Last week at the Commission meeting, the Broadband Taskforce outlined key gaps in broadband service that need to be addressed. There are connectivity gaps in the healthcare sector that I think are important and worth highlighting.
Hospitals and clinics need to empower a range of applications such as Electronic Health Records, Diagnostic imaging and Tele-radiology. There is a connectivity gap within healthcare.
Every day physicians have to treat patients, and their previous medical history is not available on the hospitals' local databases.
This is more common than not: it happens every time such a patient is brought into a hospital network that they haven't visited before. It can also occur when a patient visits their regular hospital but the site has misplaced their hand-written notes or hard copies of their imaging scans.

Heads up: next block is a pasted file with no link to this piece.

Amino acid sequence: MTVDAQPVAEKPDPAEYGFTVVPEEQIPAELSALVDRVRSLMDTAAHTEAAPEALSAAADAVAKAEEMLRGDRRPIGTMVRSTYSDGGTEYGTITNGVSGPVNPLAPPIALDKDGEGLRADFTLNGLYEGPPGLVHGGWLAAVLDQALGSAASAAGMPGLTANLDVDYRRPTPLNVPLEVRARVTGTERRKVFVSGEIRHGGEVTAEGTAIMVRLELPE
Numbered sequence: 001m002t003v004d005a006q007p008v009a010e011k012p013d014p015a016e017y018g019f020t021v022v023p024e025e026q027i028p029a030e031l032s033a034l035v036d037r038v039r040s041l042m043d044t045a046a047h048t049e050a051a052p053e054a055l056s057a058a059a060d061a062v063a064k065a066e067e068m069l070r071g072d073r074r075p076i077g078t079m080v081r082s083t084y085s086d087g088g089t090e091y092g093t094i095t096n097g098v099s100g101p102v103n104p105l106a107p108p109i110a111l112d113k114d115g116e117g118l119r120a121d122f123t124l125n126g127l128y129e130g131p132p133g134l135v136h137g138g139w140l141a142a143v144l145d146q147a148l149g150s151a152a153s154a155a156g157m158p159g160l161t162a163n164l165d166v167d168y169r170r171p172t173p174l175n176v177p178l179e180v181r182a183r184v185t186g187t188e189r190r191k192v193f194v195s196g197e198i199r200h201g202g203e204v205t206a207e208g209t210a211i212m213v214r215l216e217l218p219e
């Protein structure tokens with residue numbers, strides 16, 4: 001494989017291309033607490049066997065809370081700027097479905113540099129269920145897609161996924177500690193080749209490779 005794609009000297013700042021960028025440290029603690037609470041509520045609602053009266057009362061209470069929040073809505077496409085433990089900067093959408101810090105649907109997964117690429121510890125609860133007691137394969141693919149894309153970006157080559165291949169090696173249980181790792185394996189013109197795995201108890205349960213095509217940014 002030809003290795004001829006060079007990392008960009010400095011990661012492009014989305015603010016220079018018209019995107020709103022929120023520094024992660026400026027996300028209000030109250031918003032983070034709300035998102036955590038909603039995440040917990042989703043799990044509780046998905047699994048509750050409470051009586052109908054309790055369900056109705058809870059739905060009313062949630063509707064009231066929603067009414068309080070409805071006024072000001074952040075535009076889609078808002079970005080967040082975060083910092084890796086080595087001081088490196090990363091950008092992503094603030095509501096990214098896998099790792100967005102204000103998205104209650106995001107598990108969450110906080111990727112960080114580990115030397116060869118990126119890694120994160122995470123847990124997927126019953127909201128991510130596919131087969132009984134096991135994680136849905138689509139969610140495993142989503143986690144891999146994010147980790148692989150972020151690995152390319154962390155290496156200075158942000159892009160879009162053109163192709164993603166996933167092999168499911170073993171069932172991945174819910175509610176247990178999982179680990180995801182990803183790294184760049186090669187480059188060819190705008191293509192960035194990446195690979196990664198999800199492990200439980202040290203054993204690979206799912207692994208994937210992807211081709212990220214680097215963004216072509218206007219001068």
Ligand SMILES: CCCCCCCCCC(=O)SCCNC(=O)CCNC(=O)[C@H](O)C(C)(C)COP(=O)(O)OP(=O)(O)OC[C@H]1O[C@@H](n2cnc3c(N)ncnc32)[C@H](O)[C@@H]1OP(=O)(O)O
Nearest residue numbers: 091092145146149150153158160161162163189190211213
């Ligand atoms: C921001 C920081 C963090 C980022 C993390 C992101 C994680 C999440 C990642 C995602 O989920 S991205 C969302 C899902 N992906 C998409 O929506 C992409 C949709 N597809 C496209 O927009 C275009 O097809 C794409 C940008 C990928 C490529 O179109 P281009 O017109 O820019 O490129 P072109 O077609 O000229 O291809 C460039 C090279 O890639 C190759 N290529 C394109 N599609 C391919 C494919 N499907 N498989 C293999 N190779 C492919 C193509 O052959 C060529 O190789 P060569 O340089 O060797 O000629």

Today, those doctors are forced to act without the knowledge that a previous radiological scan would show them about the patients' baseline disease state. The technology exists so that they could pull up that diagnostic image in real time, from the imaging center where it was performed. But such technology requires a 100 mbps broadband connection -- a fiber connection -- which many hospitals lack.
Furthermore, the healthcare ecosystem must be more robust in order for broadband to really benefit healthcare outcomes and cost. Some things that would constitute a strong ecosystem include training and implementation assistance and even reimbursement considerations. Currently, telemedicine usage is hindered by state physician licensure and credentialing rules.
Finally, if broadband is going to further national priorities, incentives need to be aligned. A good example is that of reimbursement policy for telemedicine.